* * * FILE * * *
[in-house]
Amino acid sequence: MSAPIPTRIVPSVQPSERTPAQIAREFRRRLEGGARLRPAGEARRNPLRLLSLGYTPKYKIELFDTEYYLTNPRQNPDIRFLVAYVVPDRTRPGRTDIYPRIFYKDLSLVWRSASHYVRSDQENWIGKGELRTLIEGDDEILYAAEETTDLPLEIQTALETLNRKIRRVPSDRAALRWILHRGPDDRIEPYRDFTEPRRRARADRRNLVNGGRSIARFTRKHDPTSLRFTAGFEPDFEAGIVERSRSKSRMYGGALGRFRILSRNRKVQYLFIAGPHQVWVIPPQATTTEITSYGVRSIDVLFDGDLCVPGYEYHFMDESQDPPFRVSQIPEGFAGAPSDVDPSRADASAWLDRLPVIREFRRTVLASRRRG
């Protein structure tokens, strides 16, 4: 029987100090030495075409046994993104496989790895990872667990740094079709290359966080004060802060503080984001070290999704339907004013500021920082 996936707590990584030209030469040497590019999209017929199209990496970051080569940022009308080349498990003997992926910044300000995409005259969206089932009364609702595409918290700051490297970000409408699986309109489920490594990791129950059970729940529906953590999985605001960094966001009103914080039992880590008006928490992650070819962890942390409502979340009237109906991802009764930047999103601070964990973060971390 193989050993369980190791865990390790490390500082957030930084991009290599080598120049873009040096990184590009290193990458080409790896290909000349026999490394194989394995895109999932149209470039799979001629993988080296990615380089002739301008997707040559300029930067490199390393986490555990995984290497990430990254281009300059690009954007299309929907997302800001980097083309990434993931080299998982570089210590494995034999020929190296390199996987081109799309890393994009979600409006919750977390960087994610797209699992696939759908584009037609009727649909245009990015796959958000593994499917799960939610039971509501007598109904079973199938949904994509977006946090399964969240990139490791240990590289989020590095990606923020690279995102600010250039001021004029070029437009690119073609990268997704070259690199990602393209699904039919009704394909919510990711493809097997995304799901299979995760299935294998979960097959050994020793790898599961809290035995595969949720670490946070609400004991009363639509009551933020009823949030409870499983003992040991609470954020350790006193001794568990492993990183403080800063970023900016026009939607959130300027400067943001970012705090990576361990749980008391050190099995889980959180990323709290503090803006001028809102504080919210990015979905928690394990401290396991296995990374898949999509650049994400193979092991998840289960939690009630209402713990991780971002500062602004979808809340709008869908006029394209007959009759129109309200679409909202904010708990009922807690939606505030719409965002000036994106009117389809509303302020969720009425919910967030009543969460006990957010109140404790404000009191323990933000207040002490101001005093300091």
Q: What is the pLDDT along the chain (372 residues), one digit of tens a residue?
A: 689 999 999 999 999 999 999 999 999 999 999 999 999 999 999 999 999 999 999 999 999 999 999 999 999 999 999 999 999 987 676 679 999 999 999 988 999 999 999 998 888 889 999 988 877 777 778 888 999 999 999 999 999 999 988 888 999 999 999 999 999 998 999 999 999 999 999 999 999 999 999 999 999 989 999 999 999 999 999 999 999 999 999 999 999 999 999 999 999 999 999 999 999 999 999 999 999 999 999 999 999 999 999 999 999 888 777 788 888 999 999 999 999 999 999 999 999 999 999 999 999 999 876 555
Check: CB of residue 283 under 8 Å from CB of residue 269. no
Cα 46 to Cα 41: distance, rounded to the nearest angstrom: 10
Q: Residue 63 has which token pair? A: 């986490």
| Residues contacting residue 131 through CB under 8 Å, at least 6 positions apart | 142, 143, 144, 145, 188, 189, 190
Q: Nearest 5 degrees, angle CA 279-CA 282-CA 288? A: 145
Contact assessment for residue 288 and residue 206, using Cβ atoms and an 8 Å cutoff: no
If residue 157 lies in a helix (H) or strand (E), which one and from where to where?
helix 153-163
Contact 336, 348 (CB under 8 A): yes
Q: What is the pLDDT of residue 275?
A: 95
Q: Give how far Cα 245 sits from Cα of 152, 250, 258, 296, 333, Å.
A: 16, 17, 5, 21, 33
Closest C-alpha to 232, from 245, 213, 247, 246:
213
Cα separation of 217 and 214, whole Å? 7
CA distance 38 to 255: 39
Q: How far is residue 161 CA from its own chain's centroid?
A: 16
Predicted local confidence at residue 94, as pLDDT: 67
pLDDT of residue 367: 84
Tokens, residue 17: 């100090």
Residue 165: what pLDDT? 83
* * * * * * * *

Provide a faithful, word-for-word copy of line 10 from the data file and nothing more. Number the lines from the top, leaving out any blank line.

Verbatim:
Q: Nearest 5 degrees, angle CA 279-CA 282-CA 288? A: 145